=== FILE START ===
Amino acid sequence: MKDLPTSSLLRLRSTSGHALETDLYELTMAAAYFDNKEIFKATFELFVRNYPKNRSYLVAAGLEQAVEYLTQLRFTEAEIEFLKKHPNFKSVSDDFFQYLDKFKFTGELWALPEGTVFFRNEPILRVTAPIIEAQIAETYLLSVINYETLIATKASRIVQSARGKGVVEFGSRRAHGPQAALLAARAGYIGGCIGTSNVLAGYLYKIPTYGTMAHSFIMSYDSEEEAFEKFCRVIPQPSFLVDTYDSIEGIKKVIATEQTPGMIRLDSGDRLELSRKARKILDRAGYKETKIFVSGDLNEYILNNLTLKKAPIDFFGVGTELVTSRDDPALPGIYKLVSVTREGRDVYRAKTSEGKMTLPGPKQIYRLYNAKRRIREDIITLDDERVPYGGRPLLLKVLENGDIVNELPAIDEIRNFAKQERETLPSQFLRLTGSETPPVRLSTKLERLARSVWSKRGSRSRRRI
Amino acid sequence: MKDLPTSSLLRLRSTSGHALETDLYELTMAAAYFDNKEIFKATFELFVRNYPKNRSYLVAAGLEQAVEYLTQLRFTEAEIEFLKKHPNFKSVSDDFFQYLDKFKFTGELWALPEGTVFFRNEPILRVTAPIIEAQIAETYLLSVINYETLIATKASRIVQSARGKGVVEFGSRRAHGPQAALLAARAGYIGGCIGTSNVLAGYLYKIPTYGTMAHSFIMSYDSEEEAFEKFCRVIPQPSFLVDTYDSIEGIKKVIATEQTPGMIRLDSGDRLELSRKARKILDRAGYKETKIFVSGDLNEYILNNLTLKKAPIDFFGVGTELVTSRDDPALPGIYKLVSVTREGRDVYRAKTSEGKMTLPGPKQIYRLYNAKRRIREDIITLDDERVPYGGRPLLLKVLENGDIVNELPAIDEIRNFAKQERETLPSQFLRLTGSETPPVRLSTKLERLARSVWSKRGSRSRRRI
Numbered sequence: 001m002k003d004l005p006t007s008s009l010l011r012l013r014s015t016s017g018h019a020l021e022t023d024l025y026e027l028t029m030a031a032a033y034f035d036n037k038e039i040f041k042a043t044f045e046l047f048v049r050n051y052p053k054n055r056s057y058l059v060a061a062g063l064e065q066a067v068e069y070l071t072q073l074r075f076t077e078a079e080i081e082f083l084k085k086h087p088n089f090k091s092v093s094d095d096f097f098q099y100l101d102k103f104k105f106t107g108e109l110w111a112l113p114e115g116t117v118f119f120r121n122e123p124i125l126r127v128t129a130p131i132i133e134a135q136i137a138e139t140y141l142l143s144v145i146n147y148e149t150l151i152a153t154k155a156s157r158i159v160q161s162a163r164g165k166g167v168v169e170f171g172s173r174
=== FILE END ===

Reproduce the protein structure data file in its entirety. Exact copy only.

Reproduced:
Amino acid sequence: MKDLPTSSLLRLRSTSGHALETDLYELTMAAAYFDNKEIFKATFELFVRNYPKNRSYLVAAGLEQAVEYLTQLRFTEAEIEFLKKHPNFKSVSDDFFQYLDKFKFTGELWALPEGTVFFRNEPILRVTAPIIEAQIAETYLLSVINYETLIATKASRIVQSARGKGVVEFGSRRAHGPQAALLAARAGYIGGCIGTSNVLAGYLYKIPTYGTMAHSFIMSYDSEEEAFEKFCRVIPQPSFLVDTYDSIEGIKKVIATEQTPGMIRLDSGDRLELSRKARKILDRAGYKETKIFVSGDLNEYILNNLTLKKAPIDFFGVGTELVTSRDDPALPGIYKLVSVTREGRDVYRAKTSEGKMTLPGPKQIYRLYNAKRRIREDIITLDDERVPYGGRPLLLKVLENGDIVNELPAIDEIRNFAKQERETLPSQFLRLTGSETPPVRLSTKLERLARSVWSKRGSRSRRRI
Amino acid sequence: MKDLPTSSLLRLRSTSGHALETDLYELTMAAAYFDNKEIFKATFELFVRNYPKNRSYLVAAGLEQAVEYLTQLRFTEAEIEFLKKHPNFKSVSDDFFQYLDKFKFTGELWALPEGTVFFRNEPILRVTAPIIEAQIAETYLLSVINYETLIATKASRIVQSARGKGVVEFGSRRAHGPQAALLAARAGYIGGCIGTSNVLAGYLYKIPTYGTMAHSFIMSYDSEEEAFEKFCRVIPQPSFLVDTYDSIEGIKKVIATEQTPGMIRLDSGDRLELSRKARKILDRAGYKETKIFVSGDLNEYILNNLTLKKAPIDFFGVGTELVTSRDDPALPGIYKLVSVTREGRDVYRAKTSEGKMTLPGPKQIYRLYNAKRRIREDIITLDDERVPYGGRPLLLKVLENGDIVNELPAIDEIRNFAKQERETLPSQFLRLTGSETPPVRLSTKLERLARSVWSKRGSRSRRRI
Numbered sequence: 001m002k003d004l005p006t007s008s009l010l011r012l013r014s015t016s017g018h019a020l021e022t023d024l025y026e027l028t029m030a031a032a033y034f035d036n037k038e039i040f041k042a043t044f045e046l047f048v049r050n051y052p053k054n055r056s057y058l059v060a061a062g063l064e065q066a067v068e069y070l071t072q073l074r075f076t077e078a079e080i081e082f083l084k085k086h087p088n089f090k091s092v093s094d095d096f097f098q099y100l101d102k103f104k105f106t107g108e109l110w111a112l113p114e115g116t117v118f119f120r121n122e123p124i125l126r127v128t129a130p131i132i133e134a135q136i137a138e139t140y141l142l143s144v145i146n147y148e149t150l151i152a153t154k155a156s157r158i159v160q161s162a163r164g165k166g167v168v169e170f171g172s173r174